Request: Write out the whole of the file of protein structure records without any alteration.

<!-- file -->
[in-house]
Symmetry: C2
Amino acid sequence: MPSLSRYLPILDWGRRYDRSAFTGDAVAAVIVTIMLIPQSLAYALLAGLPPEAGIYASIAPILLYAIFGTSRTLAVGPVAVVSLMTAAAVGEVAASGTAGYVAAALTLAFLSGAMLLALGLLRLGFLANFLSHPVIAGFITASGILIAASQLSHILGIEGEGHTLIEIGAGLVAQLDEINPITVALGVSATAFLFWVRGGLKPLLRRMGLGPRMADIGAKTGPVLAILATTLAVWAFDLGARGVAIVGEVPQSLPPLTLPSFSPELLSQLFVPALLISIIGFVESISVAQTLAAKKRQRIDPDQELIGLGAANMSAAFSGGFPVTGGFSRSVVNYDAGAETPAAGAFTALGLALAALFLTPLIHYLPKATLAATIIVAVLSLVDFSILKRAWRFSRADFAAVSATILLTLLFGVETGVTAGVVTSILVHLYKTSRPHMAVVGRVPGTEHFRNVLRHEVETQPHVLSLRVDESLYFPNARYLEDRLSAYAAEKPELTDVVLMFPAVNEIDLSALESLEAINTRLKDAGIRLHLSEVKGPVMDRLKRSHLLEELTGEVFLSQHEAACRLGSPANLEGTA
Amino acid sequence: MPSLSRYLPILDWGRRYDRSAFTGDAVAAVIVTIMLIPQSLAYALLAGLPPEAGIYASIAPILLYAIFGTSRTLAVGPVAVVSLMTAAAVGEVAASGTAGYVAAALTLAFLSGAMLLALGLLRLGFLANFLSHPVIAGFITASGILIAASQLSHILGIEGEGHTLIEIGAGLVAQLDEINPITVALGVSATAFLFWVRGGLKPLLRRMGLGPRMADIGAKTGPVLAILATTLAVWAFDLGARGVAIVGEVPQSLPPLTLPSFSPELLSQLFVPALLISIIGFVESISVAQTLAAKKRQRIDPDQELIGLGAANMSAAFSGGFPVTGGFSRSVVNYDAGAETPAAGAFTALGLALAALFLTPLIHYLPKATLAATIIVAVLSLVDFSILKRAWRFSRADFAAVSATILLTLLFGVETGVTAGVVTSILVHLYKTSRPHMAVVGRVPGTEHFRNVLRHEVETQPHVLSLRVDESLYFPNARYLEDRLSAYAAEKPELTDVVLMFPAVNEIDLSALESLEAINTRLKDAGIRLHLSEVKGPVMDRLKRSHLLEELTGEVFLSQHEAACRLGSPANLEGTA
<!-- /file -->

[in-house]
Symmetry: C2
Amino acid sequence: MPSLSRYLPILDWGRRYDRSAFTGDAVAAVIVTIMLIPQSLAYALLAGLPPEAGIYASIAPILLYAIFGTSRTLAVGPVAVVSLMTAAAVGEVAASGTAGYVAAALTLAFLSGAMLLALGLLRLGFLANFLSHPVIAGFITASGILIAASQLSHILGIEGEGHTLIEIGAGLVAQLDEINPITVALGVSATAFLFWVRGGLKPLLRRMGLGPRMADIGAKTGPVLAILATTLAVWAFDLGARGVAIVGEVPQSLPPLTLPSFSPELLSQLFVPALLISIIGFVESISVAQTLAAKKRQRIDPDQELIGLGAANMSAAFSGGFPVTGGFSRSVVNYDAGAETPAAGAFTALGLALAALFLTPLIHYLPKATLAATIIVAVLSLVDFSILKRAWRFSRADFAAVSATILLTLLFGVETGVTAGVVTSILVHLYKTSRPHMAVVGRVPGTEHFRNVLRHEVETQPHVLSLRVDESLYFPNARYLEDRLSAYAAEKPELTDVVLMFPAVNEIDLSALESLEAINTRLKDAGIRLHLSEVKGPVMDRLKRSHLLEELTGEVFLSQHEAACRLGSPANLEGTA
Amino acid sequence: MPSLSRYLPILDWGRRYDRSAFTGDAVAAVIVTIMLIPQSLAYALLAGLPPEAGIYASIAPILLYAIFGTSRTLAVGPVAVVSLMTAAAVGEVAASGTAGYVAAALTLAFLSGAMLLALGLLRLGFLANFLSHPVIAGFITASGILIAASQLSHILGIEGEGHTLIEIGAGLVAQLDEINPITVALGVSATAFLFWVRGGLKPLLRRMGLGPRMADIGAKTGPVLAILATTLAVWAFDLGARGVAIVGEVPQSLPPLTLPSFSPELLSQLFVPALLISIIGFVESISVAQTLAAKKRQRIDPDQELIGLGAANMSAAFSGGFPVTGGFSRSVVNYDAGAETPAAGAFTALGLALAALFLTPLIHYLPKATLAATIIVAVLSLVDFSILKRAWRFSRADFAAVSATILLTLLFGVETGVTAGVVTSILVHLYKTSRPHMAVVGRVPGTEHFRNVLRHEVETQPHVLSLRVDESLYFPNARYLEDRLSAYAAEKPELTDVVLMFPAVNEIDLSALESLEAINTRLKDAGIRLHLSEVKGPVMDRLKRSHLLEELTGEVFLSQHEAACRLGSPANLEGTA